Skipton became a railway town in 1847 when the Leeds-Bradford-Keighley Railway was extended, soon joined by the Lancashire and Yorkshire Railway from Manchester.
A year later, the line was extended to Colne and initially, passengers would leave the train at Skipton for onward travel to the villages in Wharfedale by horse-drawn coach. Hostelries are still clustered around the station, including the historic Herriots Hotel.Within two years of opening the station, the ‘Little North Western’ Railway opened a line from Skipton to Ingleton on 30 July 1849 (later extended to Lancaster and Morecambe).
In 1876 the Settle-Carlisle line was opened providing a main line between London St, Pancras and Glasgow Scotland, and a new station was built. By the end of the century the ancient high-level roads for pedestrians and animals had almost gone out of use, as low-level routes -canal, rail and road-competed for transport business.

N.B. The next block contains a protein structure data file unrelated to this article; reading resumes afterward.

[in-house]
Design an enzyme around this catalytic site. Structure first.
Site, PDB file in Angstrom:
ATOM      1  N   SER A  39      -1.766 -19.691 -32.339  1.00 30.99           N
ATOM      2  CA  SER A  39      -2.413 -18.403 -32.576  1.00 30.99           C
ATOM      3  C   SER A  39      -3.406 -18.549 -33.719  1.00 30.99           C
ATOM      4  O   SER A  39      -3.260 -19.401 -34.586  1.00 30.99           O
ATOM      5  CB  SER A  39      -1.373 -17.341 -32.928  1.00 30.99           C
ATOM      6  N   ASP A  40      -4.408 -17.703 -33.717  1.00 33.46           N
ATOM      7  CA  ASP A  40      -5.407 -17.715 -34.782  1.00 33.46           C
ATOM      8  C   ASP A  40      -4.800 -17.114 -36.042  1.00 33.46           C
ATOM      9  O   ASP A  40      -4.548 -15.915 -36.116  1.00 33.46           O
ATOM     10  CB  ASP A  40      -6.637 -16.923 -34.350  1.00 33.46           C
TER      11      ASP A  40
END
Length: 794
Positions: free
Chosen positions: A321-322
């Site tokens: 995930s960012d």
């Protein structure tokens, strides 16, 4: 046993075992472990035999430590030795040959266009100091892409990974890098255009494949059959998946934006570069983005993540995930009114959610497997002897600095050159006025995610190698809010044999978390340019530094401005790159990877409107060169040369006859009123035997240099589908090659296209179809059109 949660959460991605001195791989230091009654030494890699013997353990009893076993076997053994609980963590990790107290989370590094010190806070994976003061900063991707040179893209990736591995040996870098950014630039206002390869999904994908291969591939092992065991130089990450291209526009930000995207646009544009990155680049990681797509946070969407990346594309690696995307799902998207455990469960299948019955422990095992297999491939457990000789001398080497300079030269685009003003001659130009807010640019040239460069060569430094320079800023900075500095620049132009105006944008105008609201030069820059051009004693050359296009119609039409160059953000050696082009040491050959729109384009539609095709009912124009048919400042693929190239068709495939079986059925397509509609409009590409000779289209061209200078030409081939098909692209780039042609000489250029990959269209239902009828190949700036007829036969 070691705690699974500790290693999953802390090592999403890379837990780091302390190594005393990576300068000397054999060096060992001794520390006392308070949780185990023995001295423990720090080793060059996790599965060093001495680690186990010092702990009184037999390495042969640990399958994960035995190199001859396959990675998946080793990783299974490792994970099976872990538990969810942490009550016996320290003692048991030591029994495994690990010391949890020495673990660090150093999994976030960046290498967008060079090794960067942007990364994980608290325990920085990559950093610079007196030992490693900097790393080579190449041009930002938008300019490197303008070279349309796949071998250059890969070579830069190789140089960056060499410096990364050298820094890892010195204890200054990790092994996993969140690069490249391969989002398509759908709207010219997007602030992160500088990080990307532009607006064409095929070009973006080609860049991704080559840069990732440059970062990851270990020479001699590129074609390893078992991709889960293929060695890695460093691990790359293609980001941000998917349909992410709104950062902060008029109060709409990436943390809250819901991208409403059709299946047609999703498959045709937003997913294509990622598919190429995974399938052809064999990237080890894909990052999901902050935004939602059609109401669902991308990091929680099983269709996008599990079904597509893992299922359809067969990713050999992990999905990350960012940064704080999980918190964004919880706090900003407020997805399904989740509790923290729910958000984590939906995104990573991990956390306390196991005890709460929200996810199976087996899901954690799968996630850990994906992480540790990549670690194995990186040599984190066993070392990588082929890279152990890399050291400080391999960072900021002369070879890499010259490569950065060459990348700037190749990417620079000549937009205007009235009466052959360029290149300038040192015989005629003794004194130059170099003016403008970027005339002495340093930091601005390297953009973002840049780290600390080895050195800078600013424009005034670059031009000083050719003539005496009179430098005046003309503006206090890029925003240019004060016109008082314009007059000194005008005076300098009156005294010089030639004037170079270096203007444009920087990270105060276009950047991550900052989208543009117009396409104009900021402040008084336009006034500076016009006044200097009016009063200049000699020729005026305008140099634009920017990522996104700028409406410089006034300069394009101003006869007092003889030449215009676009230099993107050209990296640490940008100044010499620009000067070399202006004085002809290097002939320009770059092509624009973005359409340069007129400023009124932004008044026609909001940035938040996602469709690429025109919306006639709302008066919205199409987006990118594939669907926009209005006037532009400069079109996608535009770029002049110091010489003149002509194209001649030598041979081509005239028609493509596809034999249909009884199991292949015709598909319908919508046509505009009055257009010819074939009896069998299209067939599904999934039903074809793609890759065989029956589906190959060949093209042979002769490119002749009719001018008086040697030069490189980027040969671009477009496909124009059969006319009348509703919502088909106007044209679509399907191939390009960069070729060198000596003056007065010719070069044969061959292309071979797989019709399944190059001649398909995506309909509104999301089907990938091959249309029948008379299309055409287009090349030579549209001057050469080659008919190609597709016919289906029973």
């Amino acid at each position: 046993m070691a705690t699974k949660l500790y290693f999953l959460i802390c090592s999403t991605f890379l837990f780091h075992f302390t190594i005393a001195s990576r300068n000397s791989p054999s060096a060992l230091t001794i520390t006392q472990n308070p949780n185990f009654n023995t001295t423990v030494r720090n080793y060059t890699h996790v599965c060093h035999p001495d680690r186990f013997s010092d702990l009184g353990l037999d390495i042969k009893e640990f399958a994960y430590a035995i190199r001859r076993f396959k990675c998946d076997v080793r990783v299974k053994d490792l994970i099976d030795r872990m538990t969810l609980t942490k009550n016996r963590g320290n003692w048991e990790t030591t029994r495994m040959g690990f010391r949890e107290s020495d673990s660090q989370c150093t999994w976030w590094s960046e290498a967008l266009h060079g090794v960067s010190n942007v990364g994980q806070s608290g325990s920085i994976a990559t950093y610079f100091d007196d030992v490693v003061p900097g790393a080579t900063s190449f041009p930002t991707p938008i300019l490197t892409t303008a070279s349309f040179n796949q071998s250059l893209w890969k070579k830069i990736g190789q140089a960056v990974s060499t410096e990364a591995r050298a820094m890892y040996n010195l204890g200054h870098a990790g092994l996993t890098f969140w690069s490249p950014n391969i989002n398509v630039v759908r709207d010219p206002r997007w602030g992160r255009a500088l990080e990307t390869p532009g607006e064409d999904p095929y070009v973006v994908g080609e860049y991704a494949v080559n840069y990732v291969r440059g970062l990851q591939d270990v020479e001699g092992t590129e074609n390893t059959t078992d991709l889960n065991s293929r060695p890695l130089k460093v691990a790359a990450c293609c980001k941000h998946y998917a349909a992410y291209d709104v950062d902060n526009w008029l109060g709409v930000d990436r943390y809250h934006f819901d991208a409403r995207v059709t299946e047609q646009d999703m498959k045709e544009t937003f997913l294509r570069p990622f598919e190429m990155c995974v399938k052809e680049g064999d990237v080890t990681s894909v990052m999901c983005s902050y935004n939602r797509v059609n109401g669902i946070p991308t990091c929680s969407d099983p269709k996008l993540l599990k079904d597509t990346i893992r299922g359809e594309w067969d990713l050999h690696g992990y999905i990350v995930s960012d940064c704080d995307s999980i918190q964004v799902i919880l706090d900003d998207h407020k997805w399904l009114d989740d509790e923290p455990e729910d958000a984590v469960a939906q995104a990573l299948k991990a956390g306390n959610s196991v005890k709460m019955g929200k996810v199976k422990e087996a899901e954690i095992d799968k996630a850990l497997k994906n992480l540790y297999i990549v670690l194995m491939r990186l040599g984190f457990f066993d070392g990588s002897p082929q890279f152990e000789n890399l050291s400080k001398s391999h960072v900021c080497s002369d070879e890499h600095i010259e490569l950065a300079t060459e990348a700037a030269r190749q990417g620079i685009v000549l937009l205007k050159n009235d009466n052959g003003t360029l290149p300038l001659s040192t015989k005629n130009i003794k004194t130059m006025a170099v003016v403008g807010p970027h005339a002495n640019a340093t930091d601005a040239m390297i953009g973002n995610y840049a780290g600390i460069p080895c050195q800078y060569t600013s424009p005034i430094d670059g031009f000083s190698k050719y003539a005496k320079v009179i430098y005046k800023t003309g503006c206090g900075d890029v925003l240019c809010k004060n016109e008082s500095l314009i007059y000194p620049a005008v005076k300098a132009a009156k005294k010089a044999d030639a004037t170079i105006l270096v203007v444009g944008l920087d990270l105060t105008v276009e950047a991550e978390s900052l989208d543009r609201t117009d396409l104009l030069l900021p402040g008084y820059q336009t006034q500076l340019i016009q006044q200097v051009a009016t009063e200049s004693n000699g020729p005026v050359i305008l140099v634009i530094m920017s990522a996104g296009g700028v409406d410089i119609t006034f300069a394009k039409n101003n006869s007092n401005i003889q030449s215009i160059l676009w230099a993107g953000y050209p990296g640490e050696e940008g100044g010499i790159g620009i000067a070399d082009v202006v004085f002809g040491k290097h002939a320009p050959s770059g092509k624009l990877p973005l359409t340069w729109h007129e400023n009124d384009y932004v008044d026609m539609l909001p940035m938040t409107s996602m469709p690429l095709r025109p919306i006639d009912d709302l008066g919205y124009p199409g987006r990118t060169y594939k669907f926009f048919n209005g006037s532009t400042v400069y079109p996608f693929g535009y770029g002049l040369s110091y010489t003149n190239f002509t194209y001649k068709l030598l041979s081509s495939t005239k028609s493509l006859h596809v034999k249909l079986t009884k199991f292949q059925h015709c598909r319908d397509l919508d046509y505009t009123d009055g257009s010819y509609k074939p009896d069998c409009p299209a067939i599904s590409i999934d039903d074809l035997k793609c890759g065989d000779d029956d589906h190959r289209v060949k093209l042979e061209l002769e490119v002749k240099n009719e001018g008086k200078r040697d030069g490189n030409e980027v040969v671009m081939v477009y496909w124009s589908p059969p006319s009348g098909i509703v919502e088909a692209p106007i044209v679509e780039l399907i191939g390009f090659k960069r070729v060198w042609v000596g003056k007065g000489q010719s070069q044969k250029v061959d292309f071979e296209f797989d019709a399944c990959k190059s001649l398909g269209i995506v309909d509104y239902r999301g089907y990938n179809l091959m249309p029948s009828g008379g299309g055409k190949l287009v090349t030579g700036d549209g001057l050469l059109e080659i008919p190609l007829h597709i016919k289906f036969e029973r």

The same high-level routes are now an important landscape feature as recreational footpaths. It took another decade before further expansion came with additionalplatforms 5 and 6 built to serve the Skipton to Ilkley Line. These platforms were also later used by the Yorkshire Dales Railway, a short branch to Grassington from 1902 to 1930. Passenger services to Ilkley ceased on 22 March 1965, after which platforms 5 and 6 were closed to passengers and their access subway was bricked off.
The line to Colne closed on 2 February 1970 and its tracks have since been lifted. An organisation called Skipton and East Lancs Rail Action Partnership( SELRAP) is campaigning forthe re-instatement of the link and runs occasional charter trains between the two stations, using a long diversionary route to point out the eleven mile ‘missing link’.Today, Skipton Train Station serves as a popular commuter line into Leeds with several trains running every hour.